When Grand & Toy, Canada’s largest supplier of office products, saw some of its commercial customers defecting to American big-box invaders like Staples and Office Depot, the Toronto-based company brought in a secret weapon: Defector Detector. The software program helps Grand & Toy fight back by ferreting out potential switchers—clients with patterns of declining purchases—and quickly posting a Web-based alert for its commercial account managers and retail stores so that a little TLC can be applied and an account saved.
But Defector Detector doesn’t come from the customer-relationship management (CRM) world, nor is it some specialized, homegrown concoction. Rather, it’s based on the same numbers-crunching package that the company’s finance department relies on—business performance management (BPM) software, in this case from Clarity Systems.
“When we realized the power of performance-management software, its ability to not only present reports but also extract, load, calculate, and format data all within one place and at the same time, we saw that it could solve a whole bunch of problems for us,” says Allan Ramsay, manager of customer knowledge and the person who first hit upon the idea of giving account teams the names of at-risk customers. Since the application was launched a year ago, sales reps have been exceeding their quotas and reducing dormant and at-risk customers at about four times the rate before Defector Detector was implemented. That success has prompted Grand & Toy’s sales team to also look at BPM software for analyzing sales data by region, stores, and products and for other trend research.
BPM software was initially pitched as next-generation budgeting-and-planning software, and plenty of the marketing message behind it is still given over to urging finance execs to leave the spreadsheet behind for purposes of financial consolidation, reporting, and forecasting. But because it relies on powerful database and analytic capabilities to make that happen, BPM is beginning to look like the little-engine-that-could for a surprisingly wide range of business needs. “BPM is like the icing on the cake” in that it adds a valuable layer on top of the data warehouses and other business-intelligence systems that firms have, says Kristen Katz, BPM product manager at GERS Retail Systems in San Diego, a supplier of retailing software that in January added BPM to its product lineup.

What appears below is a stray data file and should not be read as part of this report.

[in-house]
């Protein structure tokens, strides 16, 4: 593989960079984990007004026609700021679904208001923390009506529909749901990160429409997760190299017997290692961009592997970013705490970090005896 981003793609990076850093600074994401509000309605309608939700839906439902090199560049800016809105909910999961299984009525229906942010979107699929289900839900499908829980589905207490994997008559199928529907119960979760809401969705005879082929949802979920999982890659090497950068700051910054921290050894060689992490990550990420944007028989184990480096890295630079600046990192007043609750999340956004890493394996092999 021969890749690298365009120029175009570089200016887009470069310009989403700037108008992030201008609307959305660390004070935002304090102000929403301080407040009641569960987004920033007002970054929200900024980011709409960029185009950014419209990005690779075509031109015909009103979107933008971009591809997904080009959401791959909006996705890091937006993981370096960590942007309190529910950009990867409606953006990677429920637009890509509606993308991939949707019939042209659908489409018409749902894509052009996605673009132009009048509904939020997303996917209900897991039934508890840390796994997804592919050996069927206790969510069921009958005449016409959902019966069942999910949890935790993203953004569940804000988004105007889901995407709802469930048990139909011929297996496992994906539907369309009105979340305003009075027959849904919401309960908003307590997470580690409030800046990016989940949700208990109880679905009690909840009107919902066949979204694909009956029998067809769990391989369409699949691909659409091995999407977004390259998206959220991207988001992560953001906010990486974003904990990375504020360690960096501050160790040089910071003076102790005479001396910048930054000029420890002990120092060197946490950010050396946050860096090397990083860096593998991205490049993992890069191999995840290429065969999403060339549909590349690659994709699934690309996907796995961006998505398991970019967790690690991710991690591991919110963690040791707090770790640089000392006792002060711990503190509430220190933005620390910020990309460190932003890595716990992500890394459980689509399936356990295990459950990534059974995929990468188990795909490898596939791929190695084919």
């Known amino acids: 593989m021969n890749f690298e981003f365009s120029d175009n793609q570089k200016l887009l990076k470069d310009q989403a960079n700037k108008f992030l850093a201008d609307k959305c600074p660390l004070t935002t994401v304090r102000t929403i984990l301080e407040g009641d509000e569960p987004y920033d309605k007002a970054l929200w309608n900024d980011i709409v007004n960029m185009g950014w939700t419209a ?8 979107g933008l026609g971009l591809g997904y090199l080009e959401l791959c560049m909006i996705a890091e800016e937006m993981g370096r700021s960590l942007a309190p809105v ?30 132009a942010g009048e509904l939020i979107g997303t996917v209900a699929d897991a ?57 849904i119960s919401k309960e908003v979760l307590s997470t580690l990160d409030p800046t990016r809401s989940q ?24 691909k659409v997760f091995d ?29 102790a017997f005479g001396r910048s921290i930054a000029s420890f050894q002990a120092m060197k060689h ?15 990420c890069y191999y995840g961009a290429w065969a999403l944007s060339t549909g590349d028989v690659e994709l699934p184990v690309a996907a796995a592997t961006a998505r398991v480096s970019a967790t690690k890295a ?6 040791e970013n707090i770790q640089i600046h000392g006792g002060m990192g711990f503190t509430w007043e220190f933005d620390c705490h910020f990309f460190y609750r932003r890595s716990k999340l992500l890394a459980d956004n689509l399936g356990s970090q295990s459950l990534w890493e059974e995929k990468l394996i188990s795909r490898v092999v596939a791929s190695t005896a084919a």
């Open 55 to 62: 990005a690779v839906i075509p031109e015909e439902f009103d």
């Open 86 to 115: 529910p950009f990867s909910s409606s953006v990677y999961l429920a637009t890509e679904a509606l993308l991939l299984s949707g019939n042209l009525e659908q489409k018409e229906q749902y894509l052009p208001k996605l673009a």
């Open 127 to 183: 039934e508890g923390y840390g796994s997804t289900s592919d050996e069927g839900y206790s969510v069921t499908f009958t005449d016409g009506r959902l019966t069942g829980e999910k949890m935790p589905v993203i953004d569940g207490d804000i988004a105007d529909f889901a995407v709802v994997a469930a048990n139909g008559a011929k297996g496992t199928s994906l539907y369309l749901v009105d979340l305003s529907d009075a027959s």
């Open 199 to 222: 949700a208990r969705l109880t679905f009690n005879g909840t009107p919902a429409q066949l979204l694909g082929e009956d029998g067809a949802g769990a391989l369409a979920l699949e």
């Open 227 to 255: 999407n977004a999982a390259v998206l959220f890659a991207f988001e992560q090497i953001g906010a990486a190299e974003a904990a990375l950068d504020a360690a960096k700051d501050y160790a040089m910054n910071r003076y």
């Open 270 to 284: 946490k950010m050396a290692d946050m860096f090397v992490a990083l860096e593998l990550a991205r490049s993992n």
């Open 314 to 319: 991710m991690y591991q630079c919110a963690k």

Grand & Toy is hardly the only company to tap the powers of BPM for uses well beyond core finance functions. Primedia, Gtech, Genlyte Group, and others have deployed the software for everything from human-resources applications to compliance systems. “Looking at BPM just as a financial application is too limiting. Its real value lies in measuring the performance of the entire organization,” says Paula Rosenblum, director of retail research at consulting firm Aberdeen Group. In retail, for example, companies need to track the performance of stores, employees, merchandise, supply chains, and suppliers. There has long been a wide array of analytic software that can do just that. But BPM can connect that analysis to budgets, forecasts, and reports, and the potential for an all-in-one system appeals to companies, even if they deploy it a piece at a time and connect the pieces later on.